Millennials and STEM Go Together Like PB&J

The idea of what constitutes a career is always changing; society has greatly changed throughout the last hundred years, and the ever-changing job market is a shockingly apt indicator of the differences that lie between generations. 

When discussing generational changes in jobs and employment, we have to consider external factors, such as the rapidly growing cost of education and its impact on the job opportunities for Millennials. Higher costs of education in the last two decades coupled with the growing number of students pursuing unpaid internships are creating a difficult economic climate for recent graduates. Since 1995, statistics show that “out-of-state tuition and fees at public universities [has risen] 226 percent” (Mitchell). Even after considering this financial burden, the career arcs of today’s young adults are often much different from that of their predecessors. The Boston Globe  finds that at The College of the Holy Cross in Massachusetts, “the number of students accepting internships after graduation has more than doubled in the last three years.” The idea that newer generations are in more debt and entering the job market with non-paying positions is a critical one for the economic future of young adults in America today. 

This being said, the seeming necessity of getting a degree is something that we take for granted, as previous generations could accomplish more with less formal education. Factory work and various manufacturing jobs that could be done without college degrees are increasingly being replaced by machinery and new technology, causing many lower-income jobs to become obsolete. “In 1970, more than a quarter of U.S. employees worked in manufacturing. By 2010, only one in 10 did” (Kenny). For Baby Boomers and all who were born before World War II, manufacturing work was always a viable option that didn’t require extensive education. However, the prevalence of these occupations began to decline, and now the number of millennials in factory jobs are few and far between. Factory jobs aren’t the only jobs decreasing due to the ubiquitous nature of technology. Occupations like accounting are being slowly replaced by more accessible (and less expensive) computer programs like TurboTax. In the course of ten years, “the number of ‘mail carriers’ in the United States fell 10 percent from 358,000 to 321,000” (Boston.com). This decline directly correlates with the rise of email, and truly exemplifies how the job market is shifting as we become more technologically advanced.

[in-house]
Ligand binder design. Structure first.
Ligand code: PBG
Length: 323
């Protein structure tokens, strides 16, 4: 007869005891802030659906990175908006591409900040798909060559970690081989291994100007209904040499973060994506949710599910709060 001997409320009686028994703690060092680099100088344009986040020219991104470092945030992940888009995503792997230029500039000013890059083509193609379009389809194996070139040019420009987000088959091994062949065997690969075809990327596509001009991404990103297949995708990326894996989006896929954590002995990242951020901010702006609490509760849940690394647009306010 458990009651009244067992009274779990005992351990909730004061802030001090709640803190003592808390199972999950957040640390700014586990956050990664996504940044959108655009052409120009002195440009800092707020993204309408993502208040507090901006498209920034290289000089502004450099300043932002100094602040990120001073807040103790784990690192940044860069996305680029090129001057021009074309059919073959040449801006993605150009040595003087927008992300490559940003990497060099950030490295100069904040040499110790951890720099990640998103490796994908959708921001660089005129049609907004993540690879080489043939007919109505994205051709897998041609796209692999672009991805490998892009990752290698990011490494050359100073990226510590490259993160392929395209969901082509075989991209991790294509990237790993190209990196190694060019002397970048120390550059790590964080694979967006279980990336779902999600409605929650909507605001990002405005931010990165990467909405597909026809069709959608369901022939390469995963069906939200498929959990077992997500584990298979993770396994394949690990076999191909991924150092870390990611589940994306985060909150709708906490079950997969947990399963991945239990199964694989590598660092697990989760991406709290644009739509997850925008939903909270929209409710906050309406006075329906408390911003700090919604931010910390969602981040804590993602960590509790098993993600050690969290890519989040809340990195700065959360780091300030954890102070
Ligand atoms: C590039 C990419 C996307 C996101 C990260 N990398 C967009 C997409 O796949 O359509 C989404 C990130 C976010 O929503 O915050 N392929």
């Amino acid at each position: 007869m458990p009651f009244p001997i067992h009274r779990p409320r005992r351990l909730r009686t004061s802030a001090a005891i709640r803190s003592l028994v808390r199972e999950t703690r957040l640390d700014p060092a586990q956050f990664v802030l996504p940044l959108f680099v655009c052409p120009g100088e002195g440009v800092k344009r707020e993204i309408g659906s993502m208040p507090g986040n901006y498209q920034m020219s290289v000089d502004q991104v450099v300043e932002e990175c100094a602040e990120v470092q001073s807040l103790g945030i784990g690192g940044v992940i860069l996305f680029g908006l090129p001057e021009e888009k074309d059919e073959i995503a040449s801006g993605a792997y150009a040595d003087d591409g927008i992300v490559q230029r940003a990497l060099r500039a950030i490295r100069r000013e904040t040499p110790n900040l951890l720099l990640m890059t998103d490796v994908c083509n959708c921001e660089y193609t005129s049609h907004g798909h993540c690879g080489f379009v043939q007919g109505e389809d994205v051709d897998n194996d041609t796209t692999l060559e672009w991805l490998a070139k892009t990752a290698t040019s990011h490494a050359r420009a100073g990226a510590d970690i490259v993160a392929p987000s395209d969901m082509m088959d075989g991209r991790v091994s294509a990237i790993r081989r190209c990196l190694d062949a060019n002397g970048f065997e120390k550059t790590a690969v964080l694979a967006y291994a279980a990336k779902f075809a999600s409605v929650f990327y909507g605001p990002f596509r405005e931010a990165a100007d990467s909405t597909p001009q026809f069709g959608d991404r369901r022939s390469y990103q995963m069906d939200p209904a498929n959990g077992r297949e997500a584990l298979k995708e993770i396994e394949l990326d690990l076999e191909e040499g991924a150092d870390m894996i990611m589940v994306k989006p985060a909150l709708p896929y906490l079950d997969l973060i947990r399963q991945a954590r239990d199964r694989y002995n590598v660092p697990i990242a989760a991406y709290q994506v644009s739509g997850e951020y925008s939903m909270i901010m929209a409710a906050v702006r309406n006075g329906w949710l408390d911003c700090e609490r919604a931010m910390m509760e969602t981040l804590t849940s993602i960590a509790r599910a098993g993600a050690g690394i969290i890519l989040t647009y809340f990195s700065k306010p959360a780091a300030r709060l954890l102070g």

However, there hasn’t only been a decline in jobs for Millennials. There are numerous occupations that are only increasing with advances in science and medicine. According to Chmura, STEM jobs are expected to have a growth rate of 14.3%. STEM is an increasingly important field that wasn’t nearly as prominent in previous generations. Likewise, the Bureau of Labor Statistics lists software development as another quickly growing field. The rise of technology is affecting not only the way that millennials operate socially, but it is also creating new industries for them to be employed by.

It is clear that much has changed in terms of viable career options between generations. Whether it is the rise of jobs in STEM fields, or the inevitable decline in manual labor, it’s safe to assume that the job market is an ever-changing climate. Although it may be inconsistent, changes in occupation between generations can teach us much about the people of these eras and what sort of work they truly value. Whether you’re talking about a baby boomer or a millennial, one thing can be said: everyone works to live, but everyone can hope for a job where they live to work, regardless of generation.

Violet Maxwell
staff writer

Graphics: Jessica Chang

The Ridgewood High Times is the high school newspaper for Ridgewood High School, NJ. It is a publication dedicated to excellence in journalism and students writing. Above all the High Times is a forum for student work, opinion, and press that proudly serves the RHS community and student body.
Website: www.rhshightimes.com

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